Old Tamil Poetry

Translations of Tamil Poetic works that span 2000 years

Archive for the tag “Naaladiyaar”

Naaladiyaar – 214

Though they live nearby for days together,
one doesn’t warm to those not close to heart;
though they live apart for days together,
does one forego a soul mate’s bond?

பல நாளும் பக்கத்தார் ஆயினும், நெஞ்சில்
சில நாளும் ஒட்டாரோடு ஒட்டார்; பல நாளும்
நீத்தார் என, கைவிடல் உண்டோ-தம் நெஞ்சத்து
யாத்தாரோடு யாத்த தொடர்பு.

Friendship depends not on distance but on understanding.

Naaladiyaar – 219

Enmity is better than friendship of the fickle;
death is better than incurable sickness;
killing is better than cruel ridicule;
criticism is better than false praise.

தெளிவு இலார் நட்பின் பகை நன்று; சாதல்
விளியா அரு நோயின் நன்றால்; அளிய
இகழ்தலின் கோறல் இனிதே; மற்று இல்ல
புகழ்தலின் வைதலே நன்று.

This poem in Naaladiyaar (anthology of poems by Jain monks, dated around 2nd Century CE) is under the chapter “Choosing friends”. Enmity of the fickle minded person is better than their friendship. The next three lines imply why it is so, without explicitly stating it. My interpretation is as follows. A fickle minded friendship is like an incurable sickness. Death is preferable to that. A friend who ridicules heartlessly is worse than one who kills you. A friend who heaps false praise is worse than one who criticises.

Naaladiyaar – 161

Oh ruler of hills where waterfalls roar!
Thinking ‘he’ll bear it’, one shouldn’t upset
flawless men among us; once they’re upset,
it’s hard for anyone to set it right.

‘பொறுப்பர்’ என்று எண்ணி, புரை தீர்ந்தார் மாட்டும்
வெறுப்பன செய்யாமை வேண்டும்; வெறுத்தபின்,-
ஆர்க்கும் அருவி அணி மலை நல் நாட!-
பேர்க்குதல் யார்க்கும் அரிது.

This poem is under the chapter பெரியாரைப் பிழையாமை – ‘Not finding fault with Great men’. Just because a genius / great man bears with it, people shouldn’t upset him by their actions. Once a great man is upset, it is difficult for any one to clear the harm caused by it. Upsetting great men will cause much grief to the country. So the ruler and people should be considerate and not hurt them.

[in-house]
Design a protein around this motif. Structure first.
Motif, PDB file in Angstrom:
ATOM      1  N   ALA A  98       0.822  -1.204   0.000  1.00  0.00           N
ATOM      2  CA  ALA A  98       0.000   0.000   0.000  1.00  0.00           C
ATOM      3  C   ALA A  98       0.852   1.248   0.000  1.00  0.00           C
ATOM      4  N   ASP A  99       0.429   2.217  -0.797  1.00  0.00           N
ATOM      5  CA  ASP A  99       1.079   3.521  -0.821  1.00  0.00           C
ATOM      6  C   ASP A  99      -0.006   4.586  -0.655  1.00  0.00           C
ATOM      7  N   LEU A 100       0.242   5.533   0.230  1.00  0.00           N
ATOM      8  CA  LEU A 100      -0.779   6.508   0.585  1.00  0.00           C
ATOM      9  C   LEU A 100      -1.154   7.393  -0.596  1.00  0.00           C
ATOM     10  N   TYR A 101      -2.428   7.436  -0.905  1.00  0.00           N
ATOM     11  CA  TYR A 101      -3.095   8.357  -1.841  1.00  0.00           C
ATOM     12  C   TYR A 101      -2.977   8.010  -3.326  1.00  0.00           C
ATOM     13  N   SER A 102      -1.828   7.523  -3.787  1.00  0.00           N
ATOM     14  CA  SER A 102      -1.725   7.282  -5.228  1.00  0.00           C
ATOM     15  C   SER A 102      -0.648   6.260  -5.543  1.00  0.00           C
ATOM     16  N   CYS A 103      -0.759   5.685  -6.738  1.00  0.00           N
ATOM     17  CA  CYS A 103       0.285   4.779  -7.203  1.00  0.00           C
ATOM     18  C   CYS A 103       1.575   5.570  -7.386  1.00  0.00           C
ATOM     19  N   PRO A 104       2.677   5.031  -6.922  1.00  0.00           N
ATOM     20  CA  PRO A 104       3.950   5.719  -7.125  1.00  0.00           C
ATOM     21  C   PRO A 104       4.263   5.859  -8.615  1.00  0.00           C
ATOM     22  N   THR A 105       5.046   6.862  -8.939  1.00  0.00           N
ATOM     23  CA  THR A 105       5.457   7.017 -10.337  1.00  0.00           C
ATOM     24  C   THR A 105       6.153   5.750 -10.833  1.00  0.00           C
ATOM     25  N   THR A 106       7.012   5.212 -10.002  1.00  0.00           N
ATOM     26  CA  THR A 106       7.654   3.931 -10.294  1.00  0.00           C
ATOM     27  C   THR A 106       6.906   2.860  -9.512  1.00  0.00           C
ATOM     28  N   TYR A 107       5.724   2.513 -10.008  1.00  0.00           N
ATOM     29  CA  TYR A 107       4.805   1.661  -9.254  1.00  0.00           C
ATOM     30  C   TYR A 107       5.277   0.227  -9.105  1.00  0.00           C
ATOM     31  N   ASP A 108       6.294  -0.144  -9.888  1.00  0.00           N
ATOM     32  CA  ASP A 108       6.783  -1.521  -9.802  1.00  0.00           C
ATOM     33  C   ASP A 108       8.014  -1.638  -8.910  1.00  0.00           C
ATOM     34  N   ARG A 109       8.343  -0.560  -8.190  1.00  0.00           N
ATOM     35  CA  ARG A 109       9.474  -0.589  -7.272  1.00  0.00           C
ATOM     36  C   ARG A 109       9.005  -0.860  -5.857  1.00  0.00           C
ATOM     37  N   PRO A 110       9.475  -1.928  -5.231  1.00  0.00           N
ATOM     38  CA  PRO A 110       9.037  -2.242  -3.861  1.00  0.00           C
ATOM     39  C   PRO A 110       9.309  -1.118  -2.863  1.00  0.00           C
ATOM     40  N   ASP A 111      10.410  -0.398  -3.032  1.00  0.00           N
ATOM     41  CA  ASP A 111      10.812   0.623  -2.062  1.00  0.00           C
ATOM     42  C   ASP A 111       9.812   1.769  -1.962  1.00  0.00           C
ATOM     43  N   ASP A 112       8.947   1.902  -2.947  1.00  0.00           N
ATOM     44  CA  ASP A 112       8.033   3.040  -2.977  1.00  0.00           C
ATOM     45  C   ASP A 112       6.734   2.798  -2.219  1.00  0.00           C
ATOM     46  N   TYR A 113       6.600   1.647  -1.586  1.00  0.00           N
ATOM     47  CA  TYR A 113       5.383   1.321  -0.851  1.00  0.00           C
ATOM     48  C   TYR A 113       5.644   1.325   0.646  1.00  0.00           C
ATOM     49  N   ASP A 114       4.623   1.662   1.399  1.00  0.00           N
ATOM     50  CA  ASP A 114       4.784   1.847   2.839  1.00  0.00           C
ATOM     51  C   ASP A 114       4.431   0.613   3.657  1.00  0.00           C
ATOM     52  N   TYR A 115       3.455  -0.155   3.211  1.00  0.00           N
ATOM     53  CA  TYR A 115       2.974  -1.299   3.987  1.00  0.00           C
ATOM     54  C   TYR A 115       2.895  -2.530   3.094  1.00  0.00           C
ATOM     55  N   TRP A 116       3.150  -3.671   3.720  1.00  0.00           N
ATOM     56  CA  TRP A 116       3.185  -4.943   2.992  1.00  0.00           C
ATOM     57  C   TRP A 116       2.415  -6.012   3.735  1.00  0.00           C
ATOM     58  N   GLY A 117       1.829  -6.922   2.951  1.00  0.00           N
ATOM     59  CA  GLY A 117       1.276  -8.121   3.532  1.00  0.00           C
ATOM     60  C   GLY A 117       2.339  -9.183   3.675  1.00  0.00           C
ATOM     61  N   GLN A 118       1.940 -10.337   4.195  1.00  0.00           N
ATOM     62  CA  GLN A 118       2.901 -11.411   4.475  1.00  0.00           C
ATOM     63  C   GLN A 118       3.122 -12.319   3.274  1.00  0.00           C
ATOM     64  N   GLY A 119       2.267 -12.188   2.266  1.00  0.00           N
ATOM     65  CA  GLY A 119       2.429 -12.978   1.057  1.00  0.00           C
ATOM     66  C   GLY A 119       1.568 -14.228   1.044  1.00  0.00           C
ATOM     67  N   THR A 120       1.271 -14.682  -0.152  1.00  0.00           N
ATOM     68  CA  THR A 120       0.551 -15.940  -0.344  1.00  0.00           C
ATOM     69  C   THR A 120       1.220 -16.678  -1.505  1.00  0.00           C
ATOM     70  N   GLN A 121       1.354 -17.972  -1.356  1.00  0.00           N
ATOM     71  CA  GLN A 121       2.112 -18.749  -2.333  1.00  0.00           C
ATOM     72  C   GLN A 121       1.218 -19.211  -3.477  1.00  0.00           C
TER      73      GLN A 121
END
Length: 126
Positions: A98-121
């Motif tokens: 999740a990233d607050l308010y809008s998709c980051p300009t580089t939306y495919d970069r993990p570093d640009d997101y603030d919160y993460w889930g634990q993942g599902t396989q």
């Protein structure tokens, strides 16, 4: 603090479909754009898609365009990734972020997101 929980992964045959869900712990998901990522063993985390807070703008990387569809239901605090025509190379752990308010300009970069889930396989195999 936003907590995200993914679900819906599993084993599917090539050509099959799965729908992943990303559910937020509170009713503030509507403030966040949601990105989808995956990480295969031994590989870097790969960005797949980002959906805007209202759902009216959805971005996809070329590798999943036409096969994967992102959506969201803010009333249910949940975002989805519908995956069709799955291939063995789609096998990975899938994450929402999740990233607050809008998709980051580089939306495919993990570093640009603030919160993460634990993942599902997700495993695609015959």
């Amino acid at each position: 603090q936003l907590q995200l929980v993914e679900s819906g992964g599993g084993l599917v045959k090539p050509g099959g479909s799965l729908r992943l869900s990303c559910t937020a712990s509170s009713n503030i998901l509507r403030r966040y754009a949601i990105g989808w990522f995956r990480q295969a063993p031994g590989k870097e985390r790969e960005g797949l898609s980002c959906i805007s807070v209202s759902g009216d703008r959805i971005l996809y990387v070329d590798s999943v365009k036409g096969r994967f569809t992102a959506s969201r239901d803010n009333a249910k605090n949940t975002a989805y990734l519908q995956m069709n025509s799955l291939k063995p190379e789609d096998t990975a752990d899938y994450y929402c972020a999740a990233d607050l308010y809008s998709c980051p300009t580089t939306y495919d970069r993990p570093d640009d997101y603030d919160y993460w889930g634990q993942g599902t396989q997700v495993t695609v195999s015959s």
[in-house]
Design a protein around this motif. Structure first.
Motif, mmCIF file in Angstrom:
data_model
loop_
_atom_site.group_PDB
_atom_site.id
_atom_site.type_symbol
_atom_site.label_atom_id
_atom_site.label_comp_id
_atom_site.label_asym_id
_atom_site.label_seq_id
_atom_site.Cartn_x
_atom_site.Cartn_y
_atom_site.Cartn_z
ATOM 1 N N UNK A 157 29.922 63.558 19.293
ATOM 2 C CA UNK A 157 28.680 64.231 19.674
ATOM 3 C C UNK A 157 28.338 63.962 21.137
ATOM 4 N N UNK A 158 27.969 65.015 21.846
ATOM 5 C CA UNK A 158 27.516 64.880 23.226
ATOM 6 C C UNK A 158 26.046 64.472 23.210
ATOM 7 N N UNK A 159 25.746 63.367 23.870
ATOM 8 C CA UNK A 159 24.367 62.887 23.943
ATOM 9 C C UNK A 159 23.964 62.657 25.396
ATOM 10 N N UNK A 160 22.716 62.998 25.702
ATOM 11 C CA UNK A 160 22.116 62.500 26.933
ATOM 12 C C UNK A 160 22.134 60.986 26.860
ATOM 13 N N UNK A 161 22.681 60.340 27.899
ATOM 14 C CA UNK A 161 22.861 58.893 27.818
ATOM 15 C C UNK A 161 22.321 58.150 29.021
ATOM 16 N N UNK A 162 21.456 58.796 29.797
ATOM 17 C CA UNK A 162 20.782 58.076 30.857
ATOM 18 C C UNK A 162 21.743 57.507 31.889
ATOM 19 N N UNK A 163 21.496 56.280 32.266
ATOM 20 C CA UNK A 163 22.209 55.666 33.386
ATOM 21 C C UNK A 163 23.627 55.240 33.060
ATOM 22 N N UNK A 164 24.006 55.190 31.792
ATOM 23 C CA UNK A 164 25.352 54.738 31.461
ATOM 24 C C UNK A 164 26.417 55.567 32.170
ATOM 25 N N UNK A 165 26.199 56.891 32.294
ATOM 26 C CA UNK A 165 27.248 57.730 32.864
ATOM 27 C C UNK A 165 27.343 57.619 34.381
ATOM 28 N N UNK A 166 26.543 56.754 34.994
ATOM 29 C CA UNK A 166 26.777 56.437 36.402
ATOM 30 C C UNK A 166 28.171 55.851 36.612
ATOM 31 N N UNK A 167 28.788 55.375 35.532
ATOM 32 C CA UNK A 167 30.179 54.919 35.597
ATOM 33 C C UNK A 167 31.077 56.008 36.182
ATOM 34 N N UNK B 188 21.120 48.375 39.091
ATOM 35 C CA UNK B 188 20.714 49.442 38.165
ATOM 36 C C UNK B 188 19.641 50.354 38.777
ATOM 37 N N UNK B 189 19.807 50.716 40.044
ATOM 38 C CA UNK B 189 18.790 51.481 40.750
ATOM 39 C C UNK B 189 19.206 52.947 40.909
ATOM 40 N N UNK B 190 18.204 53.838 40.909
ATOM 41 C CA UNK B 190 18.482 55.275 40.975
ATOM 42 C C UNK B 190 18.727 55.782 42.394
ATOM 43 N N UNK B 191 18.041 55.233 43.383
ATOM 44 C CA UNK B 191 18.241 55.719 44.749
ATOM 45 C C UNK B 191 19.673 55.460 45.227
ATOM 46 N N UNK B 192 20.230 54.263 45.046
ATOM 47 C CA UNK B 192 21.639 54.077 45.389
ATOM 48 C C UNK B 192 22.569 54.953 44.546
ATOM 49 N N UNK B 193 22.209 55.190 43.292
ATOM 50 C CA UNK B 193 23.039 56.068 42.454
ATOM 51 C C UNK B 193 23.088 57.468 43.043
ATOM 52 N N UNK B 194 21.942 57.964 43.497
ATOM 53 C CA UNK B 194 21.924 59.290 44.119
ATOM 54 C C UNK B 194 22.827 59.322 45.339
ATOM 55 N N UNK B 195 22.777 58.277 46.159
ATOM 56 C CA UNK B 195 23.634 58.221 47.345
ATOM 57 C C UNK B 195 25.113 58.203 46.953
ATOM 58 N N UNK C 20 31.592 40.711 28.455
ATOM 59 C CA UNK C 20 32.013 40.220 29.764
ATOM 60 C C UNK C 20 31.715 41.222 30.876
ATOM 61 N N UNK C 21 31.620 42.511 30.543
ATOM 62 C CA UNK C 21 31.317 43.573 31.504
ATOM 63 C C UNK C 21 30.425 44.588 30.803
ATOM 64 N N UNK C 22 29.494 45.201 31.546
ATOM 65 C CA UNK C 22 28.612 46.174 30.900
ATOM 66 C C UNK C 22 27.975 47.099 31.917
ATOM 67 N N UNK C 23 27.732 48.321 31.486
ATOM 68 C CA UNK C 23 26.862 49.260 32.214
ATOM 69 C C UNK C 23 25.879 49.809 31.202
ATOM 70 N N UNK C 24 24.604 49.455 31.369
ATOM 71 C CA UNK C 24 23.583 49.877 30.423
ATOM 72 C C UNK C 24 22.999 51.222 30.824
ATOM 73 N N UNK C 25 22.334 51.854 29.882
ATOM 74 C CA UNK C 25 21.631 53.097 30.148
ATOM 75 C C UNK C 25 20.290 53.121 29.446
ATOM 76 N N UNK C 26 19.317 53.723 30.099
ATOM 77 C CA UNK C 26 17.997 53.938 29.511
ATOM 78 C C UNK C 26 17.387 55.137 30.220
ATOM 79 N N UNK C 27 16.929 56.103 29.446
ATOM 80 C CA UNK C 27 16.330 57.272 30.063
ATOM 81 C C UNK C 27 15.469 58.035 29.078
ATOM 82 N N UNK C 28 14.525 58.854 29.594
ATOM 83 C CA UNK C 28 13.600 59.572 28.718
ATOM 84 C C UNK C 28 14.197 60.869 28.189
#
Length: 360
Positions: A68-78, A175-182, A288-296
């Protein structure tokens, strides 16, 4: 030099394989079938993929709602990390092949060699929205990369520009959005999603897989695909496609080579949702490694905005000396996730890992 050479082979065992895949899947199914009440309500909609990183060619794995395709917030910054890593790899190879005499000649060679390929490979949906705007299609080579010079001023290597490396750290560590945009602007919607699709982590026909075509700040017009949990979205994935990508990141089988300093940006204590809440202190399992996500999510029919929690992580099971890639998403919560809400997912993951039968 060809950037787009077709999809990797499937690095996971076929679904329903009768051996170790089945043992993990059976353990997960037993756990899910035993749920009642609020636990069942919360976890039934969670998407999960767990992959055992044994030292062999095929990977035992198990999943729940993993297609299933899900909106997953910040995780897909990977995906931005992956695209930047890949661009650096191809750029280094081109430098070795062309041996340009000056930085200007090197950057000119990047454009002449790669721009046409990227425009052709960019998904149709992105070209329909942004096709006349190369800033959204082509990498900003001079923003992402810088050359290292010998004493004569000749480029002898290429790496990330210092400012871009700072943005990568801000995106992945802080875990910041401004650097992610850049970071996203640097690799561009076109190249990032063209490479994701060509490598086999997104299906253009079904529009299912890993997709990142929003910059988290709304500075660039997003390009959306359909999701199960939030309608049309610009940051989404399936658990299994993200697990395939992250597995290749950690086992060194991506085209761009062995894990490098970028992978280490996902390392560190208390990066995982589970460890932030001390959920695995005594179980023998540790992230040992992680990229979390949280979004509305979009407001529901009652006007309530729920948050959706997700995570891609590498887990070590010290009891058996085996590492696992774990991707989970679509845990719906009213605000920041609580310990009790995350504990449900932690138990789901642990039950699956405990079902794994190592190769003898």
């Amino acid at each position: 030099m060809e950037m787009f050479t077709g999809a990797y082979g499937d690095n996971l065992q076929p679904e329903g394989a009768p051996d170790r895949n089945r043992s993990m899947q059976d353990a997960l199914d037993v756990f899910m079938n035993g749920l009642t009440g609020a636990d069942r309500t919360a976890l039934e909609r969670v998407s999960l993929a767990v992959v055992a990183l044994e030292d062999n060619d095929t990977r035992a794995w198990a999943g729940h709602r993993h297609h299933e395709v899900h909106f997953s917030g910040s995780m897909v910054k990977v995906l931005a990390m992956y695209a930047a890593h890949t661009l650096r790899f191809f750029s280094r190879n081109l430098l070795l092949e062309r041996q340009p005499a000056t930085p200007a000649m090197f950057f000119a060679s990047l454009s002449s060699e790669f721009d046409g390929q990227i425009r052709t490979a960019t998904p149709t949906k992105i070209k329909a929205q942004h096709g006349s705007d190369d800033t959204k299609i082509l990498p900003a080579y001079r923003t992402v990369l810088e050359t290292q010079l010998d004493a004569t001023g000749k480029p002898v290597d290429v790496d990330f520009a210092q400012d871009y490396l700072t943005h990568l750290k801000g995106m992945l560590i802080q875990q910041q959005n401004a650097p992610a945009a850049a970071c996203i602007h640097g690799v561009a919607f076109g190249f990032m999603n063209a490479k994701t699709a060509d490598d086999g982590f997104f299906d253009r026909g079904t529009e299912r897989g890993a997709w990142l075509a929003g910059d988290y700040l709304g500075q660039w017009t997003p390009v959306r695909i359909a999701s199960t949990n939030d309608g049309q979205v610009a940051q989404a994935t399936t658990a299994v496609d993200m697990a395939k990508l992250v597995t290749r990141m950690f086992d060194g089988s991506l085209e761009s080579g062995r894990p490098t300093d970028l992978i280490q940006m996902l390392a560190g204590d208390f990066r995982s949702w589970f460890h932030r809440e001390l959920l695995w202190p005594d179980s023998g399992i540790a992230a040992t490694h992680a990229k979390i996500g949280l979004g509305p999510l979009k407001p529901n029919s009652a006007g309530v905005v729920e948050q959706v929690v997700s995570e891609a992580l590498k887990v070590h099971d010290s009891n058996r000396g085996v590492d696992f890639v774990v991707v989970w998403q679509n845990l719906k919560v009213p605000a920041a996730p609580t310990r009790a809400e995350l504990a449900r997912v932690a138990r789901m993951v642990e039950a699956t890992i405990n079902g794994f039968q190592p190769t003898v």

Naaladiyaar – 140

Of all available knowledge, if one learns
just worldly books and not books of wisdom-
it makes meaningless noise but is of no use
in removing confusion.

அலகுசால் கற்பின் அறிவுநூல் கல்லா(து)
உலகநூ லோதுவ தெல்லாங் – கலகல
கூஉந் துணையல்லாற் கொண்டு தடுமாற்றம்
போஒந் துணையறிவா ரில்.

This Naaladiyaar poem talks about learning for wisdom and not just for worldly purposes. Those worldly books will make much noise but are of no use in setting one on the path of righteousness and removing confusion. Since Naaladiyaar is an anthology by Jain monks after the Sangam period, it is tempting to think that they were dissing the earthliness of the previous era.

அலகு – limit, சால் – full. This phrase has been treated either as boundless knowledge or limited knowledge and the previous commentaries are all over the place. I have decided to go with ‘boundless’ – hence used ‘all’.

Naaladiyar – 356

Tribes remember abundance of the hills;
farmers remember riches of fertile fields;
Wise men remember kindness shown to them;
Base men remember scorn heaped on them.

மலைநலம் உள்ளும் குறவன்; பயந்த
விளைநிலம் உள்ளும் உழவன்; சிறந்தொருவர்
செய்தநன் றுள்ளுவர் சான்றோர் : கயந்தன்னை
வைததை உள்ளி விடும்.

The hill tribes remember the bounty provided by the hills and praise them. Farmers remember the riches provided by fertile fields and praise them. Similarly Wise men always remember the kindness shown to them and praise their benefactors. Lowly men only remember the scorn heaped on them and will try to take vengeance.

Naaladiyaar – 2

If your rightfully earned bounty materializes,
share the porridge of plowed grains with multitudes;